Wednesday, August 11, 2010

Clamping down on wheat prices

A post last month described the wild situation in the wheat market in Henan. A brief news item appearing on dozens of web sites August 9 says that since late July wheat prices have been falling in the area around Suqian in Jiangsu Province. The article originated from the grain bureau and appears to be an announcement that the government has called a halt to rising wheat prices.

According to "investigations of grass roots" wheat activity by local grain bureau personnel, the price paid by state-owned enterprises and companies with controlling ownership by the state is .94-.98 yuan/jin, down about .01-.02 yuan from the previous month. Prices gradually rose after new wheat came on the market, from .92 yuan to a peak of .99 yuan in late July.

Industry insiders give five reasons for the decline in prices which basically say that the government decided there was too much speculative purchasing and gaming of the price support program, so they called it to a halt.
1. "Macro control measures" by the state: wheat was released from reserves to increase market supply and cool off prices.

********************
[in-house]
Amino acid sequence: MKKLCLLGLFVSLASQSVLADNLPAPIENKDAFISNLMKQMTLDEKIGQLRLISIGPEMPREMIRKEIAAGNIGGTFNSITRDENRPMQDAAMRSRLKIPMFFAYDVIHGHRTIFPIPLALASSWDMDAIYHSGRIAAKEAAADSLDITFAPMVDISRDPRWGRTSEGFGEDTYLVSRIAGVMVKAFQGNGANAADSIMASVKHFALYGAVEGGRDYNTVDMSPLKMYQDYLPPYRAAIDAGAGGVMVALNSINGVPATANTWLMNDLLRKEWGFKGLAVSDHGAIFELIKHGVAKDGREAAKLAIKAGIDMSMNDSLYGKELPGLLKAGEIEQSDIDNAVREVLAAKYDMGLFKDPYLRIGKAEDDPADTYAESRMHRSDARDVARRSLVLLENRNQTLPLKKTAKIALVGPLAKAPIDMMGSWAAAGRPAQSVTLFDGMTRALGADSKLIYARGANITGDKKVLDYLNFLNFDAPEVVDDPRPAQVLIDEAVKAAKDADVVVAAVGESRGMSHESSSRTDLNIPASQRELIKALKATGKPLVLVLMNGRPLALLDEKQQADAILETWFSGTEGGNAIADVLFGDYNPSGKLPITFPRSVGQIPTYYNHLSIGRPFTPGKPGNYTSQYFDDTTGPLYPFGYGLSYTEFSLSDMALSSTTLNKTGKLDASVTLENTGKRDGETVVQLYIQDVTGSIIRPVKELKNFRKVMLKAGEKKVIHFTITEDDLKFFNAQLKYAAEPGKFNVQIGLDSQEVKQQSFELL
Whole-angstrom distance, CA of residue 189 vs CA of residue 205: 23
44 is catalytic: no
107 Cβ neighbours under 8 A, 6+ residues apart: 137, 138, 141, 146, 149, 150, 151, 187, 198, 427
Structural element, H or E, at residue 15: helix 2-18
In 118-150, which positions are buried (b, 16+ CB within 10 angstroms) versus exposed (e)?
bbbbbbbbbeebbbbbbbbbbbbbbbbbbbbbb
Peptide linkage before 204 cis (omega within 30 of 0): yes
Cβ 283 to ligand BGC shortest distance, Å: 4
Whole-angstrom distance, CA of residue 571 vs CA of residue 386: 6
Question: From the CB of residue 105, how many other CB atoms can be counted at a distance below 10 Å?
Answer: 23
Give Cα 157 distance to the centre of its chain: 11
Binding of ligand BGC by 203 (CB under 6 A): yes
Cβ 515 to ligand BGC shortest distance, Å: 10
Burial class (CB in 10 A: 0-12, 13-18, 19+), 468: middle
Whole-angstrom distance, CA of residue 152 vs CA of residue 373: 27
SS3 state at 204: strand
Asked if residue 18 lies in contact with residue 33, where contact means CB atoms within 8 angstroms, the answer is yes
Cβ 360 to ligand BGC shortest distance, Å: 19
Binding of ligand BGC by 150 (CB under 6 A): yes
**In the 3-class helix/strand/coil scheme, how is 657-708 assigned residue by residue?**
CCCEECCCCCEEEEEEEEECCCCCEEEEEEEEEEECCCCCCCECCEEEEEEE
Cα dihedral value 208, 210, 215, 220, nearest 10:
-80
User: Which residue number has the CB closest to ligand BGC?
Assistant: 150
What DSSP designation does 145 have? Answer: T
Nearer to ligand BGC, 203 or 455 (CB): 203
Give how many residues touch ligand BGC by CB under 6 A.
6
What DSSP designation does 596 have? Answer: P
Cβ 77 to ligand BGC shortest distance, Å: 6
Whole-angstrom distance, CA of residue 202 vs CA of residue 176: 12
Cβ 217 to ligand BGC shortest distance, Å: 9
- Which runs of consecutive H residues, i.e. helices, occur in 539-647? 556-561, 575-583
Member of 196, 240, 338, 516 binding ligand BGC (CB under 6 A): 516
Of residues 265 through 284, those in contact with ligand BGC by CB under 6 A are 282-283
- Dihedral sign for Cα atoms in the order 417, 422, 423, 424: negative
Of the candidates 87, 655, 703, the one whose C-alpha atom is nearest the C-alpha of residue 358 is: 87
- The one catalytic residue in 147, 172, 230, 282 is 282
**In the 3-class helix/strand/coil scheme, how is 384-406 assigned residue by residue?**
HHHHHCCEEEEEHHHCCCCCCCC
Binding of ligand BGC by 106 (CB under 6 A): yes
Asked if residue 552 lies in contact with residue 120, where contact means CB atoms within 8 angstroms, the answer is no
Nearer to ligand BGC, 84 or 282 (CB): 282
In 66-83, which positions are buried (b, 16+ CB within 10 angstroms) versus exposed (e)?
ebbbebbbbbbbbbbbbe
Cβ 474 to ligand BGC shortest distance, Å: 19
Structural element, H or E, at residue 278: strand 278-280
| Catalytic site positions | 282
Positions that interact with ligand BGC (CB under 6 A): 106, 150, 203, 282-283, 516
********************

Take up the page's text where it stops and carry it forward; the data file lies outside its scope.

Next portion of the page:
2. Local branches of the Agricultural Development Bank of China (the government's agricultural policy bank) are strengthening risk control and tightening up on lending (to grain purchasers).
3. Private grain companies have already stocked up on grain through earlier "panic buying."
4. Farmers' expectations of rising prices have been pricked, so now they're more willing to sell their grain.
5. Grain department employees are fulfilling their "guidance role," helping companies with risk management, advising on market prices, and guiding companies to "make reasonable purchases." In plain language, government grain officials visited all the grain companies and told them to "cool it."

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